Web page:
MG M Type Midget
The MG 8/33 Midget or ‘M’ Type owed its very existence to the humble Morris Minor. Launched at the time of the great economic depression of the late twenties and early thirties it struck a chord with the British motoring public. It certainly represented a viable and suitably ‘prudent’ solution to the financial pressures of the period for those customers who required an economical, although sporting slant to their motoring. Many of these owners competed in hill climbs, trials, rallies and clubman races at Donington, Brooklands and elsewhere and met with much success. Unsurprisingly, quite a number of owners of the 400 plus surviving original cars and the many ‘new’ replicas continue that sporting tradition today. A grand total of 3,235 cars were built between 1929 and 1932.
The ‘M’ Type was based upon a standard Morris Minor chassis with a lengthened and lowered steering column, coupled to a completely new fabric covered, two seater boat tailed body. These bodies were manufactured under contract to M.G., by Carbodies Ltd. of Coventry. The engine was lightly breathed upon and driven through a standard Minor three speed gearbox. A four speed gearbox was also available as an optional extra in either late 1930 or 1931, although marque experts cannot agree precisely when this item was first available! The cable braking system was also slightly modified and the suspension improved. The end result was a model that rapidly gained a reputation for its excellent handling and a top speed of 65 mph – all for an asking price of just £175. (Quickly revised upwards to £185).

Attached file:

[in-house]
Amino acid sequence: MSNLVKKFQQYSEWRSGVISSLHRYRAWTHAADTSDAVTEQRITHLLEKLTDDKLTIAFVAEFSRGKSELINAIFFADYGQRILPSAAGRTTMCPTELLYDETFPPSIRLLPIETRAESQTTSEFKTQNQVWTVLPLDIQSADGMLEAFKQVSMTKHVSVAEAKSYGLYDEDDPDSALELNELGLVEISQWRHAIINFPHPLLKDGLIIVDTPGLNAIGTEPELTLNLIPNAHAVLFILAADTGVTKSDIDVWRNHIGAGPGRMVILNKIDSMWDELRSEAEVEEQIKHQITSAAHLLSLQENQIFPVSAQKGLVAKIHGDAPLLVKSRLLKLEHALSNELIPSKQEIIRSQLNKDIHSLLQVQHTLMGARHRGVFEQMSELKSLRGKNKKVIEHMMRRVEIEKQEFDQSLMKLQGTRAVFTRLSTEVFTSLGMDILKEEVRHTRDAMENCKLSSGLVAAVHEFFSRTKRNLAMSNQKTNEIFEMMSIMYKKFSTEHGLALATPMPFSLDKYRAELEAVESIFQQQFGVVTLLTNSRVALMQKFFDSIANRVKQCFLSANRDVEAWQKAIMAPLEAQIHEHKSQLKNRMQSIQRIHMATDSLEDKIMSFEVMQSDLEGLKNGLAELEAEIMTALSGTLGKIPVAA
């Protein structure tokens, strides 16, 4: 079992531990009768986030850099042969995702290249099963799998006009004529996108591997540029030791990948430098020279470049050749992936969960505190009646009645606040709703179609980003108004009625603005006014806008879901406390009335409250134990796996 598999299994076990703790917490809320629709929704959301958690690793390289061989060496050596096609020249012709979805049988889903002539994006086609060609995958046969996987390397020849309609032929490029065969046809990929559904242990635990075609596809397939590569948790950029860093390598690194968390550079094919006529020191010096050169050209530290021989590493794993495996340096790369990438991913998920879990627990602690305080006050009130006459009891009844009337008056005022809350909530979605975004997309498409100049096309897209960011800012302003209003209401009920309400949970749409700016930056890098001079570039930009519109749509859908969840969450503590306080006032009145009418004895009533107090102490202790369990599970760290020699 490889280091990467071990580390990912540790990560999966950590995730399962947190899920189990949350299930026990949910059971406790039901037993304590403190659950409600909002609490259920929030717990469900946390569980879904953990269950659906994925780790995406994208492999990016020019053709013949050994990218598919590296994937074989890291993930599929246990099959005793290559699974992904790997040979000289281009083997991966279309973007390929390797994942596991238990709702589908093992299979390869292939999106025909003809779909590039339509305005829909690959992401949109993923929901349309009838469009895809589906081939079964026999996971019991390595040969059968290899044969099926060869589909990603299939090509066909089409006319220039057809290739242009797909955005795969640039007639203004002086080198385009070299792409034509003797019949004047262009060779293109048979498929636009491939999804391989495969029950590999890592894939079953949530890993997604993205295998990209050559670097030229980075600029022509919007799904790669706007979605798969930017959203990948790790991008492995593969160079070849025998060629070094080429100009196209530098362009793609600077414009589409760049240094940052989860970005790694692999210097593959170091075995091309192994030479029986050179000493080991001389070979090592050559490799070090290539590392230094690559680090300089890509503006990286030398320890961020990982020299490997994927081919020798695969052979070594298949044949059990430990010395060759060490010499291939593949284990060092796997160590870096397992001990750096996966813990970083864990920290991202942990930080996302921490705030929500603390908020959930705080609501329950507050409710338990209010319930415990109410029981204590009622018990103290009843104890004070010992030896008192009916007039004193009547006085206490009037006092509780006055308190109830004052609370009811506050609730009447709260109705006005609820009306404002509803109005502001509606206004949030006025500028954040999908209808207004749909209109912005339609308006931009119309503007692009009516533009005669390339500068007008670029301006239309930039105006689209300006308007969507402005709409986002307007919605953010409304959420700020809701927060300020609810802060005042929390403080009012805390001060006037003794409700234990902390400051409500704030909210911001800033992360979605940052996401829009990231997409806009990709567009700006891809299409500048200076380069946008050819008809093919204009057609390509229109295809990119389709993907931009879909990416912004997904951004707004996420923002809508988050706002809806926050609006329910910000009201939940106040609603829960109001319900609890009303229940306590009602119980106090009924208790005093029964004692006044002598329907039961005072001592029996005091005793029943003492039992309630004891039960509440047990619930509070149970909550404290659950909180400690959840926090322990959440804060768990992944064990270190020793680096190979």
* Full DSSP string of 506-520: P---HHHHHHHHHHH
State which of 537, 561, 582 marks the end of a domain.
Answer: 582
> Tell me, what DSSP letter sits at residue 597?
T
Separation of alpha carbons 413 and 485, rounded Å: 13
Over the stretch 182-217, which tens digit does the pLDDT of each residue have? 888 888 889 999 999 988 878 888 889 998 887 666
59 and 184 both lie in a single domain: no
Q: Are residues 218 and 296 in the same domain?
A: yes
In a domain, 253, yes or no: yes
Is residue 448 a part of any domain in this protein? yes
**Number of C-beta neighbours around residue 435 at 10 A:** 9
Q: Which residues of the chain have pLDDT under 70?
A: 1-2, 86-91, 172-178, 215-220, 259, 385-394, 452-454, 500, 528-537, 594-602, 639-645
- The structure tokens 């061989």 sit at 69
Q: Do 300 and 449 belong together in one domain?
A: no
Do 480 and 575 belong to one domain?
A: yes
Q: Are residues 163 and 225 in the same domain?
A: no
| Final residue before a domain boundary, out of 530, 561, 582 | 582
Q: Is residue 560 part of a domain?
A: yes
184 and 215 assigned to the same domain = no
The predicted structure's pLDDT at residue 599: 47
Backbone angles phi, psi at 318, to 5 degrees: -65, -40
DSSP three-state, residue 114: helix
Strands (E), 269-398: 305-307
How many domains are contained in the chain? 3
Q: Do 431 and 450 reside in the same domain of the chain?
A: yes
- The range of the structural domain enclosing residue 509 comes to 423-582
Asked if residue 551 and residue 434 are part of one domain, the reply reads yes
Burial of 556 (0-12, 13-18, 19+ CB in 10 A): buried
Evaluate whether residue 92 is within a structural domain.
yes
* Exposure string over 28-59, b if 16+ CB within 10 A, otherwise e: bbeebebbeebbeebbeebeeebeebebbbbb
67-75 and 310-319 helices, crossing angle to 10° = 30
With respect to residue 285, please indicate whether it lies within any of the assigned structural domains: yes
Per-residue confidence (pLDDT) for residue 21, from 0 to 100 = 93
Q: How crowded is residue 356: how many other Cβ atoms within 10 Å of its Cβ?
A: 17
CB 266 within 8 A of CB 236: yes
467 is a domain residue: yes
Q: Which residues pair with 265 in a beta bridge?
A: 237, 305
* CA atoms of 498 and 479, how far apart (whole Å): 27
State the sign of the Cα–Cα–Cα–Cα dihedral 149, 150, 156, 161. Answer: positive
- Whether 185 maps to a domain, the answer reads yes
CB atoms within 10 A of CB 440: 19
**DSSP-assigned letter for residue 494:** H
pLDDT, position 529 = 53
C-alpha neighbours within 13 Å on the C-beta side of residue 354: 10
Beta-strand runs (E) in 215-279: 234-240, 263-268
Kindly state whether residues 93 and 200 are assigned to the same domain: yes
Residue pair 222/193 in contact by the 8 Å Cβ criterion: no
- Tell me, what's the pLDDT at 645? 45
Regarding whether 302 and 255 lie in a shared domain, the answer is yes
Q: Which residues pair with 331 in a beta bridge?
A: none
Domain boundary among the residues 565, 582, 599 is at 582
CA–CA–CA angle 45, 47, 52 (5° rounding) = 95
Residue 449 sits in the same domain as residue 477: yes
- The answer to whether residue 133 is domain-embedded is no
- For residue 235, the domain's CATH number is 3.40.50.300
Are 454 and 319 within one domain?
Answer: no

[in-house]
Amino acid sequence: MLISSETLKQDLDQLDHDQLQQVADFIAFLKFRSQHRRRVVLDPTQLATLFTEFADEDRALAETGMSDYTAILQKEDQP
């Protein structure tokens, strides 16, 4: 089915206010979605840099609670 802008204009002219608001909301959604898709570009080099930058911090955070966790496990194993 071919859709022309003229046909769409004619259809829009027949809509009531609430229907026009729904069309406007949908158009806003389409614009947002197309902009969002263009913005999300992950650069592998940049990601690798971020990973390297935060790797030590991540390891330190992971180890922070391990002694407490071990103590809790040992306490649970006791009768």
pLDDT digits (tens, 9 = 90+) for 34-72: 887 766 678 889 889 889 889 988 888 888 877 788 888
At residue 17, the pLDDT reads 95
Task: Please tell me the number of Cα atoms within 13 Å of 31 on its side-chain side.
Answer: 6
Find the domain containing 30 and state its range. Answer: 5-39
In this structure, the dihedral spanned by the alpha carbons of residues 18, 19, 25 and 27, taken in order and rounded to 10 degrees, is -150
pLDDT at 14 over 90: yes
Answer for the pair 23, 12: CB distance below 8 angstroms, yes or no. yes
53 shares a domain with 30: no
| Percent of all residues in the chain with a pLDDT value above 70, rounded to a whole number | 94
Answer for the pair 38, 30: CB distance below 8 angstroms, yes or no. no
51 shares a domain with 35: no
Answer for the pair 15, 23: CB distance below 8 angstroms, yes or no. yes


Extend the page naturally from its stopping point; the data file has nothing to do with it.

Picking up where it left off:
A number of small changes occured during the course of its four year production life, the most significant being the adoption of the camshaft that had been fitted to the engines of the winning team of Midgets at the Brooklands JCC 12/12 race of May 1930. This part came to be known as the 12/12 Cam and is also fitted to many surviving OHC Morris Minors as well as the majority of surviving ‘M’ and ‘D’ Types. A further modification for the car’s final year of production was the introduction of a metal paneled body to complement the original fabric covered type but only 273 of these newer bodies were built.
Two other variants of this model were also produced by M.G. The first of these was the pretty 8/33 Sportmans Coupe of which less than a handful survive. The second such variant was a replica of the Brooklands team winning cars listed by M.G. as the 8/45 Double Twelve. Only 19 (or 21!) of this model were produced and sold.
The ‘M’ Type, as it is now universally known, was the first in a long line of M.G. Midgets, the model continuing in production, with some notable and lengthy intervals into the 21st century.